Resources

Curricula We Use

We homeschool using the fabulous bookslists at AmblesideOnline, with a few tweaks for our Catholic beliefs and family preferences.  I'm happy to be a moderator over at the AmblesideOnline Forums, where there is a wealth of help and experience for those interested in implementing AO in their homes.

I'm also grateful to the Ambleside Online community for their digitization of Charlotte Mason's six-volume Home Education, which you can read for free online thanks to their volunteer typists.

Mater Amabilis - a free Catholic Charlotte Mason curriculum

RightStart Math - our favorite math program
Evernote - my organizational e-lifeline

For more details on what books we use when, check out my School Plans page, where I have our plans listed by year and subject.

(A Very Few of My) Favorite E-Reads

Fellow AO Bloggers...
Afterthoughts
A Peaceful Day
Archipelago
Beraca Family Academy
Charlotte Mason Institute
Crossing the Brandywine
Fisher Academy International
Flare of Light
Journey and Destination
Living CM in CA
Sage Parnassus
Snowfall Academy
Where the Blacktop Ends

Fellow Catholic Homeschoolers...
Family in Feast and Feria
Like Mother, Like Daughter
Pondered in My Heart
Wildflowers and Marbles

For the Newbie Charlotte Mason Homeschooler

31 Days of Charlotte Mason at Afterthoughts
Busted: 31 Days of CM Myths at Afterthoughts

6 comments:

  1. Hi there. I have been reading your awesome stuff, thank you. Question for you: you have Ambleside and Mater Amabilis- do you use both?

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    1. Hi Jenny! I personally use AO, but I really appreciate the work that Mater Amabilis does and am part of the Facebook group for the Catholic CM chat. ;) I occasionally draw religion resources from the MA suggestions too.

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  2. Great. Thank you for your rapid reply. I am trying to stuff it all in so that by Monday, at least some will grace our schedule to begin with.

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  4. Hi Celeste! Math question - I have heard RS Math is awesome but also that it was so teacher-intensive as to be prohibitive for larger families. What do you think?

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    1. Hi Samara! RightStart is not designed to be an independent program, especially in the earliest books. In Level B, it's pretty much entirely teacher-student interaction -- so for a 20 minute lesson, it's 20 minutes together. In Level C, it's maybe 15 minutes together, 5 minutes independent. Level D is more independent: 10 minutes together, 10 minutes apart. That's not the case every day, but it's the general pattern. The script is written for the teacher, not the student (as in, the answers are right there in the text), so even an advanced student who can read well can never sit down by himself with the book and do the whole thing on the own -- it's not built that way. BUT I personally think this is a strength of the program. :) It is what allows it to be about student exploration and not just a "teach the algorithm and do the worksheet" kind of set up. I don't think math in the early years works as well independently because it falls into that latter mode.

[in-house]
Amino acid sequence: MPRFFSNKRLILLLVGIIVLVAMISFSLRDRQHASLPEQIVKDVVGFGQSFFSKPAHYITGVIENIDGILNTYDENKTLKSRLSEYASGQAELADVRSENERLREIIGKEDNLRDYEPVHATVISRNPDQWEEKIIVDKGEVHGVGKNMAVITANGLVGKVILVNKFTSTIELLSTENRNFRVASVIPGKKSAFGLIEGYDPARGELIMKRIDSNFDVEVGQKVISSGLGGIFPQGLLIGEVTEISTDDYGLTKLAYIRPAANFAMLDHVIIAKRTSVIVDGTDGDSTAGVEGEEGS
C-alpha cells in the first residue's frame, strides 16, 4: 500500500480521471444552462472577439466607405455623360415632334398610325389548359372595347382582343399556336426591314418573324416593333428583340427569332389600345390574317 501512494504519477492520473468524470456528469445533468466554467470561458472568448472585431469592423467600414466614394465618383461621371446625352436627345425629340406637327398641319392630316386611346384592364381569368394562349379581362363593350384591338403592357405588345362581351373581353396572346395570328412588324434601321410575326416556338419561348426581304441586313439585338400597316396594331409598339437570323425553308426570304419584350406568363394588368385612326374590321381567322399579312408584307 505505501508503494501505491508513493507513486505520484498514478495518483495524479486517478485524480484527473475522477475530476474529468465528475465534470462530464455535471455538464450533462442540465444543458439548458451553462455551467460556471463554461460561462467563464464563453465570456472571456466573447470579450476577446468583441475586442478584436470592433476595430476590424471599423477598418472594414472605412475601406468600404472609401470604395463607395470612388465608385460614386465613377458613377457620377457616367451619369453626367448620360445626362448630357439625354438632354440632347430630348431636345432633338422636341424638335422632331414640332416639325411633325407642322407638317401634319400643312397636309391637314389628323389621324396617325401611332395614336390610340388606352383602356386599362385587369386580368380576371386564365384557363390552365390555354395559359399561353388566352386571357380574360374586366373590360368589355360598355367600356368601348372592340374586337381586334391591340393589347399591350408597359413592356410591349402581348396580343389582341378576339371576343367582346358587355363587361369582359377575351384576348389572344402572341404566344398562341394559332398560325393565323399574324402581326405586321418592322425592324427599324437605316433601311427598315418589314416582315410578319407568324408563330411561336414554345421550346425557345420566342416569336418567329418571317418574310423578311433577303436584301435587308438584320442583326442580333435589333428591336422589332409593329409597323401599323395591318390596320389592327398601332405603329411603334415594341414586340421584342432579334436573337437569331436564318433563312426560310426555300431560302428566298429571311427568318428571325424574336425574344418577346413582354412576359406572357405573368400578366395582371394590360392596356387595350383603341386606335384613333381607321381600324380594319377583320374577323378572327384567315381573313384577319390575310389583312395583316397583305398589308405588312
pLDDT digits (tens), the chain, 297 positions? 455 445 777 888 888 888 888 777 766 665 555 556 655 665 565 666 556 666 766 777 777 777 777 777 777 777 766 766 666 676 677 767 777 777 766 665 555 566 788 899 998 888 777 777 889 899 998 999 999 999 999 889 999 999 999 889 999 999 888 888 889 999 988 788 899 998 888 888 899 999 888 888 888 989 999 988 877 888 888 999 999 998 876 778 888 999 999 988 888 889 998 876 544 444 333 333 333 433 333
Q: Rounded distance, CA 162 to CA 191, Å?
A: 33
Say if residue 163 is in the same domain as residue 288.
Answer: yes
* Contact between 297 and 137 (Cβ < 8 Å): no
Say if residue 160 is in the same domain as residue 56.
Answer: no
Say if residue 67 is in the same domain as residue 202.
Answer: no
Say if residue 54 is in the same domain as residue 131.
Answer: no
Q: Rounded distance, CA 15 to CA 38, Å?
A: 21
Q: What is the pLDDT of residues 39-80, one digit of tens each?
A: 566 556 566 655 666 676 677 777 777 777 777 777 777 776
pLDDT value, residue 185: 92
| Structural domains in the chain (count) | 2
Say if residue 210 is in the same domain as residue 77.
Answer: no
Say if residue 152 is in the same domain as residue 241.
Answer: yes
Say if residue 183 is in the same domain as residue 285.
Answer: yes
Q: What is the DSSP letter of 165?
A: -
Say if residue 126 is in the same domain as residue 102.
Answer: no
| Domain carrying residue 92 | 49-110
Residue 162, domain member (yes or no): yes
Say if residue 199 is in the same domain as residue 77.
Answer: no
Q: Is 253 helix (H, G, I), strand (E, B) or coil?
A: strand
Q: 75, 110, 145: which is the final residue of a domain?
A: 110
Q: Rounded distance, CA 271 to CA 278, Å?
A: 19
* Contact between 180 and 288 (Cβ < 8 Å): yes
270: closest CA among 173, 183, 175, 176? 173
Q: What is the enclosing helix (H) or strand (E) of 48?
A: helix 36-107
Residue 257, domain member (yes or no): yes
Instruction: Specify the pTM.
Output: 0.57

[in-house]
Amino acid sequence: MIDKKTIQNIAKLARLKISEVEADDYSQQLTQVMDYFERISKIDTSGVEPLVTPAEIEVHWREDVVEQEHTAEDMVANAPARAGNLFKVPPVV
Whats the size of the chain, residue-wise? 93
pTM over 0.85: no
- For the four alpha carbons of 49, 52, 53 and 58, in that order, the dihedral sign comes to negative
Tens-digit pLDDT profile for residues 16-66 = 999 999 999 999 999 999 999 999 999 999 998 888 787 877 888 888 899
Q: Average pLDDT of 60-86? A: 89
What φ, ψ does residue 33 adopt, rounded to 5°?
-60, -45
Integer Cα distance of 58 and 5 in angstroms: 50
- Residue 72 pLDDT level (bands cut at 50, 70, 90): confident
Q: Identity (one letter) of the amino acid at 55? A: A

So yes, it is teacher-intensive in that the teacher and not the book teaches the lesson. But there is very little prep time and it's easy to work through. I also feel very free to arrange the lessons to accommodate my student and our timetable -- so I will often break a lesson into two if it is taking too long, or do two lessons back to back if my child can get through it easily in the 20-minute block we have available, for example.

      I do think it comes down to your perspective on what math should look like in the younger years as well as family dynamics. :)

      I hope that helps!

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